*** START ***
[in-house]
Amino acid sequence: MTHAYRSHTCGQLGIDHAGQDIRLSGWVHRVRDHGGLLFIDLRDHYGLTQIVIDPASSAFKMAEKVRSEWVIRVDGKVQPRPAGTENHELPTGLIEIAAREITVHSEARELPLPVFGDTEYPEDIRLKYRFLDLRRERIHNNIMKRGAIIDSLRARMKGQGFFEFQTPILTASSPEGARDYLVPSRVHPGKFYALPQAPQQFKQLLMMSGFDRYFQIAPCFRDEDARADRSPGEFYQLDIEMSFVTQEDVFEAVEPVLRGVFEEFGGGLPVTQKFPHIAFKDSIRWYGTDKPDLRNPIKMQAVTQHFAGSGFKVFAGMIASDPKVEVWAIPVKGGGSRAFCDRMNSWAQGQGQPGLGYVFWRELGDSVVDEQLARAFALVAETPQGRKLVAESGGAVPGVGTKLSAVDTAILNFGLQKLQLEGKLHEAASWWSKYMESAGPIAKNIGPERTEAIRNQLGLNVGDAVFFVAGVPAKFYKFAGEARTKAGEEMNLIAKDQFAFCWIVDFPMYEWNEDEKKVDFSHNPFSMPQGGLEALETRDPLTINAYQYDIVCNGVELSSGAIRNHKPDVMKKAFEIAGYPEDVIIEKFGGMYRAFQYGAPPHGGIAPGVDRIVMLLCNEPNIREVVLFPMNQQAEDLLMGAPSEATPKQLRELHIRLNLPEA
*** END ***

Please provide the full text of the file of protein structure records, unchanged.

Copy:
[in-house]
Amino acid sequence: MTHAYRSHTCGQLGIDHAGQDIRLSGWVHRVRDHGGLLFIDLRDHYGLTQIVIDPASSAFKMAEKVRSEWVIRVDGKVQPRPAGTENHELPTGLIEIAAREITVHSEARELPLPVFGDTEYPEDIRLKYRFLDLRRERIHNNIMKRGAIIDSLRARMKGQGFFEFQTPILTASSPEGARDYLVPSRVHPGKFYALPQAPQQFKQLLMMSGFDRYFQIAPCFRDEDARADRSPGEFYQLDIEMSFVTQEDVFEAVEPVLRGVFEEFGGGLPVTQKFPHIAFKDSIRWYGTDKPDLRNPIKMQAVTQHFAGSGFKVFAGMIASDPKVEVWAIPVKGGGSRAFCDRMNSWAQGQGQPGLGYVFWRELGDSVVDEQLARAFALVAETPQGRKLVAESGGAVPGVGTKLSAVDTAILNFGLQKLQLEGKLHEAASWWSKYMESAGPIAKNIGPERTEAIRNQLGLNVGDAVFFVAGVPAKFYKFAGEARTKAGEEMNLIAKDQFAFCWIVDFPMYEWNEDEKKVDFSHNPFSMPQGGLEALETRDPLTINAYQYDIVCNGVELSSGAIRNHKPDVMKKAFEIAGYPEDVIIEKFGGMYRAFQYGAPPHGGIAPGVDRIVMLLCNEPNIREVVLFPMNQQAEDLLMGAPSEATPKQLRELHIRLNLPEA